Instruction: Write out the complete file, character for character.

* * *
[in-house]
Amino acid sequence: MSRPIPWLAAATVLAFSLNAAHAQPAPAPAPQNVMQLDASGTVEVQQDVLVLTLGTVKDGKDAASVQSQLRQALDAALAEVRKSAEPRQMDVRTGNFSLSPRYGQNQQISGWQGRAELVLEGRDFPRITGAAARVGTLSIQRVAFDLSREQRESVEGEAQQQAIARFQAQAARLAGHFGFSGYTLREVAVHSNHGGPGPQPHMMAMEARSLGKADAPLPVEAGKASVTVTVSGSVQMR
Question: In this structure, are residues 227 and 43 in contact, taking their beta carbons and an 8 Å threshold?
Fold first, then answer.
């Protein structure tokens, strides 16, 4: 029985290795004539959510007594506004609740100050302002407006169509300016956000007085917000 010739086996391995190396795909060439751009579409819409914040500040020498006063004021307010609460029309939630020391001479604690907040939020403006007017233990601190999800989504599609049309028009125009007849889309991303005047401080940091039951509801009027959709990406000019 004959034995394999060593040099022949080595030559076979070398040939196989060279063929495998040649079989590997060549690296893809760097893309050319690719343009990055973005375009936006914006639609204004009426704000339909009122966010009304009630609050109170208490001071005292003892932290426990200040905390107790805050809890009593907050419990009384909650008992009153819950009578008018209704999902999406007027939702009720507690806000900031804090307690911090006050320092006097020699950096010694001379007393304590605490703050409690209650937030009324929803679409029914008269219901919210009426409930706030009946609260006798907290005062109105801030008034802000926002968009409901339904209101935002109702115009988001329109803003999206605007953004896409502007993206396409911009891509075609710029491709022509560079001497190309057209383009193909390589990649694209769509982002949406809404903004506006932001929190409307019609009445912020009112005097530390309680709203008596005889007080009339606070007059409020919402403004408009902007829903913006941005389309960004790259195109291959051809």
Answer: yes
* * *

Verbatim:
[in-house]
Amino acid sequence: MSRPIPWLAAATVLAFSLNAAHAQPAPAPAPQNVMQLDASGTVEVQQDVLVLTLGTVKDGKDAASVQSQLRQALDAALAEVRKSAEPRQMDVRTGNFSLSPRYGQNQQISGWQGRAELVLEGRDFPRITGAAARVGTLSIQRVAFDLSREQRESVEGEAQQQAIARFQAQAARLAGHFGFSGYTLREVAVHSNHGGPGPQPHMMAMEARSLGKADAPLPVEAGKASVTVTVSGSVQMR
Question: In this structure, are residues 227 and 43 in contact, taking their beta carbons and an 8 Å threshold?
Fold first, then answer.
């Protein structure tokens, strides 16, 4: 029985290795004539959510007594506004609740100050302002407006169509300016956000007085917000 010739086996391995190396795909060439751009579409819409914040500040020498006063004021307010609460029309939630020391001479604690907040939020403006007017233990601190999800989504599609049309028009125009007849889309991303005047401080940091039951509801009027959709990406000019 004959034995394999060593040099022949080595030559076979070398040939196989060279063929495998040649079989590997060549690296893809760097893309050319690719343009990055973005375009936006914006639609204004009426704000339909009122966010009304009630609050109170208490001071005292003892932290426990200040905390107790805050809890009593907050419990009384909650008992009153819950009578008018209704999902999406007027939702009720507690806000900031804090307690911090006050320092006097020699950096010694001379007393304590605490703050409690209650937030009324929803679409029914008269219901919210009426409930706030009946609260006798907290005062109105801030008034802000926002968009409901339904209101935002109702115009988001329109803003999206605007953004896409502007993206396409911009891509075609710029491709022509560079001497190309057209383009193909390589990649694209769509982002949406809404903004506006932001929190409307019609009445912020009112005097530390309680709203008596005889007080009339606070007059409020919402403004408009902007829903913006941005389309960004790259195109291959051809």
Answer: yes